Essays and Commentary

Cassandra Atherton interviews Ben Ball

Cassandra Atherton
26 August 2014

Ben Ball was born in Melbourne in 1970. He grew up in London, New York, and Sydney, and went to school in all of these places. He completed an Arts/Law degree, in Australia, ‘more or less entirely to create the pleasing symmetry B. Ball, BA, LLB’. In the United Kingdom he undertook an M.Phil in C ... More

Mary Cunnane on pitching and cupcakes

Mary Cunnane
26 August 2014

One afternoon some three decades or more ago in a stuffy conference room at W.W. Norton & Company, the New York publishing firm where I then worked, the semi-annual sales conference was underway. Assembled were the national sales reps and the marketing team, members of the editorial board, the publicity director and senior publicists, and our president and chair ... More

Maria Takolander on what makes a story compelling

Maria Takolander
26 August 2014

What makes a story compelling? When I was an undergraduate student at Deakin University, I was fortunate enough to be instructed in fiction writing by Gerald Murnane. His key criterion for the worth of a story was its capacity to mark his memory with an enduring image. Over time he used to cull books from his shelves that failed to impress him in this way.

G ... More

My Brother Jack at fifty

Kevin Rabalais
21 July 2014

Fifty years after the publication of George Johnston’s My Brother Jack, Kevin Rabalais revisits this famous study of family, the Depression, and World War II.

More

Amanda Laugesen on the ‘super-dictionary’

Amanda Laugesen
28 May 2014

In a 2011 lecture, David Crystal, a leading authority on the English language, spoke about the possibility of a ‘super-dictionary’ of English – a dictionary that would include every word in global English. Such a dictionary was, he acknowledged, a ‘crazy, stupid idea’, but an idea that seemed somehow possible in the electronic age, where the constraints of print no longer apply.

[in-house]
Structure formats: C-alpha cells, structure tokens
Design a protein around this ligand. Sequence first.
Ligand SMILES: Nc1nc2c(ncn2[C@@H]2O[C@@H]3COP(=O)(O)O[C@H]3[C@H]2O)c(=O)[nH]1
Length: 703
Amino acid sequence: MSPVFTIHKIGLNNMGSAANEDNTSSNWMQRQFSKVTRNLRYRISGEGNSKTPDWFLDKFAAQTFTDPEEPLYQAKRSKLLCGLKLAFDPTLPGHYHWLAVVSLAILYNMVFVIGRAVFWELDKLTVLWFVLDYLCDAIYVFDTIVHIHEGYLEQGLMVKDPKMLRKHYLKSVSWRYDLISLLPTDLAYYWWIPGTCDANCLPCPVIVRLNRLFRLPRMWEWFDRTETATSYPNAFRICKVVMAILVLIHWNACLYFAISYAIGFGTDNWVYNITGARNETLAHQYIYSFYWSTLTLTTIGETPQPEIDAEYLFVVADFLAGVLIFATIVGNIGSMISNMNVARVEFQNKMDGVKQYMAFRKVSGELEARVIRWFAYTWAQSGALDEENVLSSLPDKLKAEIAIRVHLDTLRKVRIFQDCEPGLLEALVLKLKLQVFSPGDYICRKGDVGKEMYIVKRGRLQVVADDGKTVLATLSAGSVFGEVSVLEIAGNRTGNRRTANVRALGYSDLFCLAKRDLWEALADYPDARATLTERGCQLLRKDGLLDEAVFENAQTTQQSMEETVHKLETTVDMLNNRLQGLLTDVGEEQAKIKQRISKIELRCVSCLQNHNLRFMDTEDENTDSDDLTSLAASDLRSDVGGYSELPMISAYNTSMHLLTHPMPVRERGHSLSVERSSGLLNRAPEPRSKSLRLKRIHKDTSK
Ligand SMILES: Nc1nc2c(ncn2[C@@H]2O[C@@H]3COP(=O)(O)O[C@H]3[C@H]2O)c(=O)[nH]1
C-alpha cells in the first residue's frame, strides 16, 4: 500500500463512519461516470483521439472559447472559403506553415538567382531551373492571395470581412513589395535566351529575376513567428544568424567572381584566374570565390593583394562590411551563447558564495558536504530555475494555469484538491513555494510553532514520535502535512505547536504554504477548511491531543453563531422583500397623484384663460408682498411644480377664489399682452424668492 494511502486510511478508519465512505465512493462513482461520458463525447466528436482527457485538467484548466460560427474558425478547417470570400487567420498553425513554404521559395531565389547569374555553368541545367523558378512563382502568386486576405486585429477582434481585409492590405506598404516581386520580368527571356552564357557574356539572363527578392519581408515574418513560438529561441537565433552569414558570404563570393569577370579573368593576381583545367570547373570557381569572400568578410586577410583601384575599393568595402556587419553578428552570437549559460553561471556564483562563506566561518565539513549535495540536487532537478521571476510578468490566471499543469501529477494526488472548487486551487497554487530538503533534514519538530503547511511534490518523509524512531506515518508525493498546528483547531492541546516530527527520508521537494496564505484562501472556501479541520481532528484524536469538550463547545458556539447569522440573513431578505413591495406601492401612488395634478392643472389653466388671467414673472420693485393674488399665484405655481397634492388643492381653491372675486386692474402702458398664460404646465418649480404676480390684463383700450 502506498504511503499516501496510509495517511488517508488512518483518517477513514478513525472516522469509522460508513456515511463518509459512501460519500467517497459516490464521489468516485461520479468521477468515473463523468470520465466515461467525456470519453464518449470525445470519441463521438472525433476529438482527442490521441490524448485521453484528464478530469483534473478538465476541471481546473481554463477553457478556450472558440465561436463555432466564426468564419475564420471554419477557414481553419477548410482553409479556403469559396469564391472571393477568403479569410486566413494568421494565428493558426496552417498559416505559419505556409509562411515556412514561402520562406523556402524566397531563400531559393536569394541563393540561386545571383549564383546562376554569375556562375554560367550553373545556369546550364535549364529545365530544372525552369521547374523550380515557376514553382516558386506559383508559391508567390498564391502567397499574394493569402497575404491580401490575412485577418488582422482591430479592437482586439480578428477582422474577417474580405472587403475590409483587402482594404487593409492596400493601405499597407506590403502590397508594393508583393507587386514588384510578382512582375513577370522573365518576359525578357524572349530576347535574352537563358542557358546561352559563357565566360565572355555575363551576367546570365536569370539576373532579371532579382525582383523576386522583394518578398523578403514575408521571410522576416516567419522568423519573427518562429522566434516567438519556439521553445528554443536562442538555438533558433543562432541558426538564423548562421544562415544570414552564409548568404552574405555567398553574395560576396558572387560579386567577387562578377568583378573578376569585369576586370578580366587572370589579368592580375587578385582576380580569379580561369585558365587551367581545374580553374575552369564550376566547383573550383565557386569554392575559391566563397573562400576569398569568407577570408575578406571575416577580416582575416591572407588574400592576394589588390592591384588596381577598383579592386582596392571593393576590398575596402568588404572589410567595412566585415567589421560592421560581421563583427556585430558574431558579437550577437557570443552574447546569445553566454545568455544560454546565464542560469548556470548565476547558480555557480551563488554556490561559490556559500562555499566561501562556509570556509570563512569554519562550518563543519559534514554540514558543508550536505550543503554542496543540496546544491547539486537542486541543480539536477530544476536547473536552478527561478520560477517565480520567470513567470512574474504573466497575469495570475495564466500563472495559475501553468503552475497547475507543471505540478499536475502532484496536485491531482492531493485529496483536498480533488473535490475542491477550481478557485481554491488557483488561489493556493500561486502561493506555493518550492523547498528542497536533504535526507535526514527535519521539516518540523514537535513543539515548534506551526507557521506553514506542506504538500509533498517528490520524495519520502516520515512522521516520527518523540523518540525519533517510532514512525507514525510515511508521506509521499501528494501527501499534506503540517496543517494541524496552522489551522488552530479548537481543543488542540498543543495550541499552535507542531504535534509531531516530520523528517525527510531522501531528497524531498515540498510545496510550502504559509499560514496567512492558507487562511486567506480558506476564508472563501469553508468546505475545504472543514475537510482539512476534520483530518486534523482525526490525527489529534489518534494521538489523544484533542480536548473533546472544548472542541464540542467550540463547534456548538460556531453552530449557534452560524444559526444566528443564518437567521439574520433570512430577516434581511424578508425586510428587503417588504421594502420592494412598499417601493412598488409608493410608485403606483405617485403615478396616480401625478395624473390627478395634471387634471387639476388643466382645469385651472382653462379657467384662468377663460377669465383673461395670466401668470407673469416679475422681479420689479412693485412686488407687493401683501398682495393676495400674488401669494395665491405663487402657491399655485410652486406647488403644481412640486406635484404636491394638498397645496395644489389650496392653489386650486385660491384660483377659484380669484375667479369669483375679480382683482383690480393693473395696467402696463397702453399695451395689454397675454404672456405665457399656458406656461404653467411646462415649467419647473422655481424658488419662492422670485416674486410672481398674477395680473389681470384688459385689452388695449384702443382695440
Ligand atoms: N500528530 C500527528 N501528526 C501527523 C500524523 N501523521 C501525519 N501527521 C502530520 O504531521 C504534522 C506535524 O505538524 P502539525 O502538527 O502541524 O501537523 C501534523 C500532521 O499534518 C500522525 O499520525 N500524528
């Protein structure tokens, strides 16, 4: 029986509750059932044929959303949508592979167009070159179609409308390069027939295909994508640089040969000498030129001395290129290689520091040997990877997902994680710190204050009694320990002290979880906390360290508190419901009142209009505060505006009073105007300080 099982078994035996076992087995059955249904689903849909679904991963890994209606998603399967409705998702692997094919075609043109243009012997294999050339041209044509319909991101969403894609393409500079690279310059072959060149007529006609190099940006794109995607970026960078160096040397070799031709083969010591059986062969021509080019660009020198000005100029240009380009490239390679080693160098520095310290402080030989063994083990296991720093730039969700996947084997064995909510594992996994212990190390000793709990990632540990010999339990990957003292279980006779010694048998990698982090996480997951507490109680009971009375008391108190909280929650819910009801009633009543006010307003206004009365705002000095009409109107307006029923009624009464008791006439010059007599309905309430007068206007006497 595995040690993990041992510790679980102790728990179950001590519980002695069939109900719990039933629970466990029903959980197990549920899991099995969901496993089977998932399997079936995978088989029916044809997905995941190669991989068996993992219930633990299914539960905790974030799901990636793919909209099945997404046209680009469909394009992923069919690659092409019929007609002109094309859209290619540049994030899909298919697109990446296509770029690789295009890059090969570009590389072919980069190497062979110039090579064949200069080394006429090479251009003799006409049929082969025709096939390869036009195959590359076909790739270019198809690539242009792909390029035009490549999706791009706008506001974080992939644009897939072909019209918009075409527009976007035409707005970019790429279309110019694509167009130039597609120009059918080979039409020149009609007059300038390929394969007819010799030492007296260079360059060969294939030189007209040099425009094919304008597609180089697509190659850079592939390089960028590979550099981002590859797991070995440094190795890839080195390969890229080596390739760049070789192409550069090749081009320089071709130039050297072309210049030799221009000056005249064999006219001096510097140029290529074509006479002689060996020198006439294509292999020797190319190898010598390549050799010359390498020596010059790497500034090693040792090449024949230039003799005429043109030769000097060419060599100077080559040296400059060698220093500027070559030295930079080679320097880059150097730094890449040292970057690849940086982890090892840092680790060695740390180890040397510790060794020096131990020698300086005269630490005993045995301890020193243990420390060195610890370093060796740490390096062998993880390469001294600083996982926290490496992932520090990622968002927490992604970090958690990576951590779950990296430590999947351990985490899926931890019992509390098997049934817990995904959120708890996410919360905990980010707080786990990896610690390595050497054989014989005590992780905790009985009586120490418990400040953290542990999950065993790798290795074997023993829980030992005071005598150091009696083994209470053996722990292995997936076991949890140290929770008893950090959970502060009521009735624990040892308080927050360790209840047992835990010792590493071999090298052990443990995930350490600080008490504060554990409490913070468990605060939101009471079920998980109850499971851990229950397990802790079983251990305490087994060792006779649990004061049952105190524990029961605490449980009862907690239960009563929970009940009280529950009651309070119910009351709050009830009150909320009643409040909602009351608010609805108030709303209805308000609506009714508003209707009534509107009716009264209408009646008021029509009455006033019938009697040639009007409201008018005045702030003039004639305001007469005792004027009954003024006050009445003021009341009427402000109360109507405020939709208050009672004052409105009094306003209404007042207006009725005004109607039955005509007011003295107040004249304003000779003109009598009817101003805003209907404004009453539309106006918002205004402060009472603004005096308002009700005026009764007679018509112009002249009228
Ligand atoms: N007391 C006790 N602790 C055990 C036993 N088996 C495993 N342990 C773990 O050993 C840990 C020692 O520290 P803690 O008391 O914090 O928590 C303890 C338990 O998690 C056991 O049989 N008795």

... More

Bill Gammage on notions of country

Bill Gammage
27 May 2014

In Australia, thinking ‘landscape’, ‘country’, and ‘place’ virtually interchangeable is the hallmark of a migrant society. This is obvious because of the skeleton at our feast, the contrast between Aboriginal and non-Aboriginal ways of seeing land. Both can agree that ‘there’s no place like home’, because ‘place’ here means ‘a place’, a par ... More

Sheila Fitzpatrick on history vs memoir

Sheila Fitzpatrick
27 May 2014

In Iris Murdoch’s novel, The Sandcastle (1957), a young artist called Rain Carter is commissioned to paint a retired schoolmaster, Demoyte, an eccentric with an offbeat sense of h More

James Der Derian reviews 'The Snowden Files' by Luke Harding and 'No Place to Hide' by Glenn Greenwald

James Der Derian
26 May 2014
1984 is back. George Orwell’s nightmare vision of governmental surveillance, secrecy, and deception clearly resonates with the revelations first leaked to the Guardian by former National Security Agen More

Amanda Laugesen on Slang and the Australian Soldier

Amanda Laugesen
27 March 2014

The relationship between the world of soldiers and the world of civilians has long been a topic of interest to historians and other scholars of war. Joan Beaumont’s significant new book Broken Nation: Australians in the Great War (reviewed in ABR, February 2014) emphasises the importance of considering the war front and home front side by side, and a ... More

2014 Calibre Prize (Winner): Unearthing the Past

Christine Piper
25 March 2014

Christine Piper is the winner of the 2014 Calibre Prize for an Outstanding Essay, worth $5,000. In this powerful essay, she writes about Japanese biological weapons and wartime experiments on living human beings.

More
Page 9 of 14